Traub Lieberman Straus & Shrewsberry LLP | February 7, 2016
In A&H Properties Partnerships v. GPM Engineering [(2015) No. 03-13-00805-CV], the Texas Court of Appeals decided whether a property owner could maintain a direct action for negligence against a project designer hired by the general contractor, with whom it had no contract. The Court of Appeals determined the property owner could not maintain such an action under the economic loss rule.
A&H Properties Partnership (A&H), the owner of a warehouse and office building, contracted Bell Industry, Inc. (Bell) to design and install energy-efficient improvements, including a geothermal loop. Bell contracted GPM Engineering (GPM), an engineering firm, to design the geothermal loop. A&H did not have a contract with GPM.
After filing a lawsuit against Bell for fraud and breach of contract, which settled, A&H sued GPM for negligence, alleging GPM’s design of the geothermal loop caused financial loss. GPM filed a motion for summary judgment, arguing that the economic loss rule barred A&H’s negligence claim because A&H’s alleged injuries consisted only of economic loss associated with installation of the geothermal loop, which is the subject of the contract between GPM and Bell. The trial court granted the motion, and A&H appealed.
On appeal, A&H argued the trial court incorrectly applied the economic loss rule because A&H and GPM are contractual strangers, and GPM, as a design professional, owed independent statutory duties based on its profession. The Court of Appeals disagreed.
As the Court explained, in actions for negligence the economic loss rule limits the recovery of purely economic damages that are unaccompanied by injury to the plaintiff or its property. Indeed, the Court noted that the economic loss rule generally precludes recovery in tort for purely economic losses in actions for negligent performance of contractual services. When deciding whether the economic loss rule applies, the court must examine both the source of the defendant’s duty (considering whether the duty arose from contract or was imposed by law, independent of the contract) and the nature of the injury (considering whether the economic loss was only to the subject of a contract itself). Where the only duty arises from contract, a breach will usually sound only in contract, not in tort.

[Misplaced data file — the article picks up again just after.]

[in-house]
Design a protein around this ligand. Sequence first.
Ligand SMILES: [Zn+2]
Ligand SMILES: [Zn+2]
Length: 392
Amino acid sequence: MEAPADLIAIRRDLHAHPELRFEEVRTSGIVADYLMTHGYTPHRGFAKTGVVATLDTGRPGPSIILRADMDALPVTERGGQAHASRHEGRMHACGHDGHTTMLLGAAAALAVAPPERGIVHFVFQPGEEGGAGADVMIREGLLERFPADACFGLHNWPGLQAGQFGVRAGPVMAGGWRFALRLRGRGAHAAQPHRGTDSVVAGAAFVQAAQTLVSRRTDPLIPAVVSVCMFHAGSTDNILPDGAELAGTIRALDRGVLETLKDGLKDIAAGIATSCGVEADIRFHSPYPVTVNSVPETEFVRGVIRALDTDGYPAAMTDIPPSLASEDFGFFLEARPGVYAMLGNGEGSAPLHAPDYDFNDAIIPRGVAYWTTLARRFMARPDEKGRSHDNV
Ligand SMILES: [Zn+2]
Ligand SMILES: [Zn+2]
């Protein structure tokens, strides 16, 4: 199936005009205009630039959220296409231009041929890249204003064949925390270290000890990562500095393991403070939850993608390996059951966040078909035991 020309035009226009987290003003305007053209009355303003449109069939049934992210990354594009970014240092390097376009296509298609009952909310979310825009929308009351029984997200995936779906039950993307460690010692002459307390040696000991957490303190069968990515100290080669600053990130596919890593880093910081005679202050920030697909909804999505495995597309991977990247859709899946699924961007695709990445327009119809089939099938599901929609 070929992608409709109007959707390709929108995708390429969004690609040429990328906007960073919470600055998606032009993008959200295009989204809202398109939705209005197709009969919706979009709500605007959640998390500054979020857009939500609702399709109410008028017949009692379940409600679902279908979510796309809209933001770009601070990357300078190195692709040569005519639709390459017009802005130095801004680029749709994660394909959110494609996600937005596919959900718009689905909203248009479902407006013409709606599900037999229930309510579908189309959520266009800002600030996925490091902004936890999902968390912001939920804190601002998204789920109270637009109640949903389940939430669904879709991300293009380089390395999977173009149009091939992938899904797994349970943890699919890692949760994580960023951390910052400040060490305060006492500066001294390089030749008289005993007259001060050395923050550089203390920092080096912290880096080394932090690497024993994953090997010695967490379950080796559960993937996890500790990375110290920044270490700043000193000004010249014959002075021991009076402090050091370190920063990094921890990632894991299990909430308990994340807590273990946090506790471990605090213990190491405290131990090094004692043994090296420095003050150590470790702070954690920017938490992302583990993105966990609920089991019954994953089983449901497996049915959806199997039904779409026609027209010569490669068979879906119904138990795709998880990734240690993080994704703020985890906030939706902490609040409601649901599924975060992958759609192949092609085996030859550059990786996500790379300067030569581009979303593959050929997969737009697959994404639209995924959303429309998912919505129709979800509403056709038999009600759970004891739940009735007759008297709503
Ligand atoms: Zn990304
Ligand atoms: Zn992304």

In analyzing the source of GPM’s duty, the Court of Appeals found GPM, as a subcontractor, was performing services as part of the overall construction project based on its subcontract with Bell, the general contractor. GPM did not have a separate contract with A&H. Thus, GPM’s duty to perform arose out of the subcontract, and no other duty or relationship between GPM and A&H. In response, A&H argued Texas Civil Practice and Remedies Code, Section 150.002(a)-(b), requiring a certificate of merit and affidavit for maintenance of a lawsuit for negligence against a professional engineer would be rendered meaningless if the economic loss rule were applied where a contract existed for design services, as here. The court disagreed, finding that application of the economic loss rule in this case would not except a plaintiff suing a professional engineer for personal injuries or property damages from complying with Section 150.002’s requirements, even if the professional provided services under a contract.
With regard to the nature of the injury…